Does Jordan Schroeder have enough in him to take a spot on the top 2 lines, while Burrows heals? What about Cody Hodgson? Has his back healed sufficiently to allow him to play to the best of his ability? Will it be good enough to land him a roster spot? What about new signings like Tambellini and Oreskovich? Will they make up the 4th line?
I think that Schroeder will battle it out with Brendan Morrison for that temporary opening while Burrows is out. Once Burrows returns, Schroeder would be sent to Manitoba, and Morrison could move down to the 3rd or 4th line. I do not think that Hodgson is making the team this year. He needs a year of pro play in the AHL to get his game back after missing such a significant amount of time. The 4th line will be hotly contested. The staff seems to really like Tanner Glass, so I would see him on the 4th line, joined by Oreskovich. That last spot is too hard to call, so we’ll wait to see who emerges from training camp to claim that last spot. Given a draw, it would likely be a returning vet such as Rypien who keeps that last spot.
As for the defense, there is just too much depth and too many bodies there already for any of the rookies to have a real chance of making the team. Their time will come mid-season, when someone goes down to injury or Gillis pulls the trigger on a trade. But don’t count on seeing Connauton or Tanev or Oberg or any of the others much past October 1st.
Sitting on the Sidelines
The Canucks and General Manager Mike Gillis had some interesting problems as the summer ended. First, while Gillis was madly acquiring talent, he was pushing his team closer to the brink of the salary cap, and finally over the limit. Meanwhile, Alex Burrows has off-season shoulder surgery and will miss the first month of the year. Then we learned that Sami Salo was injured, tearing his Achilles tendon and will be out for at least the first 5 months of the season. All this while Canuckland is going crazy to trade Kevin Bieksa in order to make room under the salary cap.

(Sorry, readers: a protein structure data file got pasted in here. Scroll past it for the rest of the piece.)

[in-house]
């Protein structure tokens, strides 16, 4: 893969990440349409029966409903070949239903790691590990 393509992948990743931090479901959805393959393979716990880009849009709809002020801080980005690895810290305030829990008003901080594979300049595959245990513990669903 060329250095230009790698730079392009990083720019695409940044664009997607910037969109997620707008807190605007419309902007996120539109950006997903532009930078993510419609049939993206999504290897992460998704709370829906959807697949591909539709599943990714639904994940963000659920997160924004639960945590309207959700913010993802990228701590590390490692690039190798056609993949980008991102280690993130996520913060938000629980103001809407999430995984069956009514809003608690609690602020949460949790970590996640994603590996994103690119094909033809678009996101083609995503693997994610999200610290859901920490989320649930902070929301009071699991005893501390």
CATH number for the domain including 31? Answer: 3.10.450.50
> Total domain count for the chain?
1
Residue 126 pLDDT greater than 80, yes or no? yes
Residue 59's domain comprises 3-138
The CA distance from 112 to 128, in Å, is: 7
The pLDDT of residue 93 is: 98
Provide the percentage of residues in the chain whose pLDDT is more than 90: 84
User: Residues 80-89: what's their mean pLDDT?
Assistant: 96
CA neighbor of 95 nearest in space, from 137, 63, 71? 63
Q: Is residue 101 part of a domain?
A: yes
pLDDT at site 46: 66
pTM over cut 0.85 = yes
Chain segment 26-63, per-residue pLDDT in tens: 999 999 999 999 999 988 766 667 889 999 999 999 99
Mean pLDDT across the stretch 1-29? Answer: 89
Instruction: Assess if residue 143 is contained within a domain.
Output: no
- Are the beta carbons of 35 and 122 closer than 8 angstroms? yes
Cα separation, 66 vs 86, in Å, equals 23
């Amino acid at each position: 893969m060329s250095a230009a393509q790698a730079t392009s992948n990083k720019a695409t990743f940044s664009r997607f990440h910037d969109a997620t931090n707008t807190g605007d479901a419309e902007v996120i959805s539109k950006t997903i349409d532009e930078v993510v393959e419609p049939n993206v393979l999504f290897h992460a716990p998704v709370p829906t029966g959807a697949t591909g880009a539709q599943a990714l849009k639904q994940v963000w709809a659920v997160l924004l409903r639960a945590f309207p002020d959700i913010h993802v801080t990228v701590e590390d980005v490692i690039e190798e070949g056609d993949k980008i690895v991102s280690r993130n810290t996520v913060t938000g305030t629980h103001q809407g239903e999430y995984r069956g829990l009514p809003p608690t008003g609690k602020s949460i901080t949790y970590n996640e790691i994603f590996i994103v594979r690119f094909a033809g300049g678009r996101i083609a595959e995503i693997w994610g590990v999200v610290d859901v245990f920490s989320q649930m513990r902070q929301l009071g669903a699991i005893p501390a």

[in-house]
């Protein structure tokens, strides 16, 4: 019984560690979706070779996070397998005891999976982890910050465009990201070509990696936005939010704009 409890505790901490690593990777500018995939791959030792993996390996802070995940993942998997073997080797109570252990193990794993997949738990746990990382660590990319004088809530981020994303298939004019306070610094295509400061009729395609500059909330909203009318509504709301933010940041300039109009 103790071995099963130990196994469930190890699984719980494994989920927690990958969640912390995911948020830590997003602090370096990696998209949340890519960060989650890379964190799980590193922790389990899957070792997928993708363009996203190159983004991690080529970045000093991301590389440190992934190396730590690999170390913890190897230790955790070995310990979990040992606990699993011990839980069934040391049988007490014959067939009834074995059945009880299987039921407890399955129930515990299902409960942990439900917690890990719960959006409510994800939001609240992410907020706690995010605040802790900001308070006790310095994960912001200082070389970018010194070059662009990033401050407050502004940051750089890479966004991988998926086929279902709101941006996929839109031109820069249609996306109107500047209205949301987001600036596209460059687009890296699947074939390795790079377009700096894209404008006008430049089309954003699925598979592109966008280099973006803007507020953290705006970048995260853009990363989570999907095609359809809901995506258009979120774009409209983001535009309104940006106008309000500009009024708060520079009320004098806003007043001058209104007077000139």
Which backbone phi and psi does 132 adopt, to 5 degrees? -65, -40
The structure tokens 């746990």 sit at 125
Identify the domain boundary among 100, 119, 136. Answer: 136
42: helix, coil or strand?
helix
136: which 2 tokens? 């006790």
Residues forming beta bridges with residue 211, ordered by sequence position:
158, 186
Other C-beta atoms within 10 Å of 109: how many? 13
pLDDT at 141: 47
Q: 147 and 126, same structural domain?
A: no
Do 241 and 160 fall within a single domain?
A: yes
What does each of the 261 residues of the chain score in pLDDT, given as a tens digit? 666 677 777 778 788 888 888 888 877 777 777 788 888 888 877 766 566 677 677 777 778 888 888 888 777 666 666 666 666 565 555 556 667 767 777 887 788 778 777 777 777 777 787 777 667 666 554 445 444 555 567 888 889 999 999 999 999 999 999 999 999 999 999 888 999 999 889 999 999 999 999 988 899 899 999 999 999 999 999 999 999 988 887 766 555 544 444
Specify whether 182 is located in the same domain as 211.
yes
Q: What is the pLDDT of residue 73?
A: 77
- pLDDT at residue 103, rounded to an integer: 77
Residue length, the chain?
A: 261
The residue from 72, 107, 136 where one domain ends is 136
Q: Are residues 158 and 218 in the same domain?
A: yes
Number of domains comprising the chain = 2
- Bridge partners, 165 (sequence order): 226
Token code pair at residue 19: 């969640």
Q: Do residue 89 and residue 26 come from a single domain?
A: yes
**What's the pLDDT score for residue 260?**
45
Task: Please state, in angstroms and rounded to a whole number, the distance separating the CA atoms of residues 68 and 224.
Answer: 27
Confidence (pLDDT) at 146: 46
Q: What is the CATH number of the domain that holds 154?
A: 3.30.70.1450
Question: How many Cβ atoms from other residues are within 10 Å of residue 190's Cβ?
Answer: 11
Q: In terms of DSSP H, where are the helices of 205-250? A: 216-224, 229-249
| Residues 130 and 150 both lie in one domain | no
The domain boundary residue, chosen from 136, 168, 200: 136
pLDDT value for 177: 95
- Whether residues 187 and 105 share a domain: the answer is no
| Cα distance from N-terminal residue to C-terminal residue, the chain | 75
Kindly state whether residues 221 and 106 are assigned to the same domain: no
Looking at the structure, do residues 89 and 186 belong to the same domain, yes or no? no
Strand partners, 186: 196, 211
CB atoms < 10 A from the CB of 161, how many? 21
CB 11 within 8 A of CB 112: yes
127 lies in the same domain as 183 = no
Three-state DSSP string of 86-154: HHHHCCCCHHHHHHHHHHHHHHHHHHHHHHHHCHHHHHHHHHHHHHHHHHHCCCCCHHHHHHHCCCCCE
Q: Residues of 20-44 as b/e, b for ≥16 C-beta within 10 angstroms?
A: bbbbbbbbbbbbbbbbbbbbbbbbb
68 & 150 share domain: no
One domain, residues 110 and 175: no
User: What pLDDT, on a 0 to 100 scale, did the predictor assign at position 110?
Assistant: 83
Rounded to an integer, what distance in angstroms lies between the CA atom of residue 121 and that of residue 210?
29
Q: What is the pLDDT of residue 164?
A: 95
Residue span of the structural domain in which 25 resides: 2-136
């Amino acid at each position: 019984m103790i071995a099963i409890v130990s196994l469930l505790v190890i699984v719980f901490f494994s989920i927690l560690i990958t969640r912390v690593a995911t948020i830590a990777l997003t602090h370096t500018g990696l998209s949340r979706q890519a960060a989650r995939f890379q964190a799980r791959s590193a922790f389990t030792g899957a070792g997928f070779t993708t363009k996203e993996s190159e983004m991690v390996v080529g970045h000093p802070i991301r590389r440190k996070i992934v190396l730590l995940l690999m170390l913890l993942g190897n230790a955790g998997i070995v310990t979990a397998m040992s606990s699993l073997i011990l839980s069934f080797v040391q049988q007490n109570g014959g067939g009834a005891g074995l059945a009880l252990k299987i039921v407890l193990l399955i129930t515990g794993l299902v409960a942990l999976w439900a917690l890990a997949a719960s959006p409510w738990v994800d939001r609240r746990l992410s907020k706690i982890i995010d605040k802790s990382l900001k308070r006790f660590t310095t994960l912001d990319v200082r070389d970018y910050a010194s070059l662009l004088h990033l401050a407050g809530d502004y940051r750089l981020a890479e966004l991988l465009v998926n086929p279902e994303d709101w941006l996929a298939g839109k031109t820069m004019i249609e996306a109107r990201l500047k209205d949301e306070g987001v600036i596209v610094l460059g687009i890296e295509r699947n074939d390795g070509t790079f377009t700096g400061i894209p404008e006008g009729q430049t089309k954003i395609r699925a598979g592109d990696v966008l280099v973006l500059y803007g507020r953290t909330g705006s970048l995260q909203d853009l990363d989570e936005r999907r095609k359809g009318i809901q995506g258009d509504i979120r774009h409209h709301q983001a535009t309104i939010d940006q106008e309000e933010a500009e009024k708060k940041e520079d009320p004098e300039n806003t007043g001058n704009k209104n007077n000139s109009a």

With all this said and done, it looks as though the Canucks may not have to trade Bieksa (or anyone for that matter) in order to fit under the salary cap.With cap relief coming with the absences of both Salo and Burrows, the Canucks appear to be very tight to the limit without actually exceeding it.
So what goes through the mind of Burrows and Salo as they sit sidelined, watchhing the goings-on of training camp? Burrows will return first, well ahead of Salo, and will miss around 15 games. His tenacity and energy will be missed, but he’ll have to time to regain his form as the season progresses. As for Salo, I honestly hope he simply retires. Not for the cap relief or anything GM-related. For the simple fact, that the poor man is broken and fragile. He is one of the most injury prone professional athletes I have EVER seen. Between bad luck, bad bounces, and just bad injuries, Salo is aging and will have a hard time recovering from this latest setback.
Who takes the mantle this year? Do we see Schroeder or Hodgson crack the lineup for October 9th? Do one of the old soldiers returning to home base have a chance of seeing time on the front lines?
We’ll see as we start the real push for real hockey in real short order.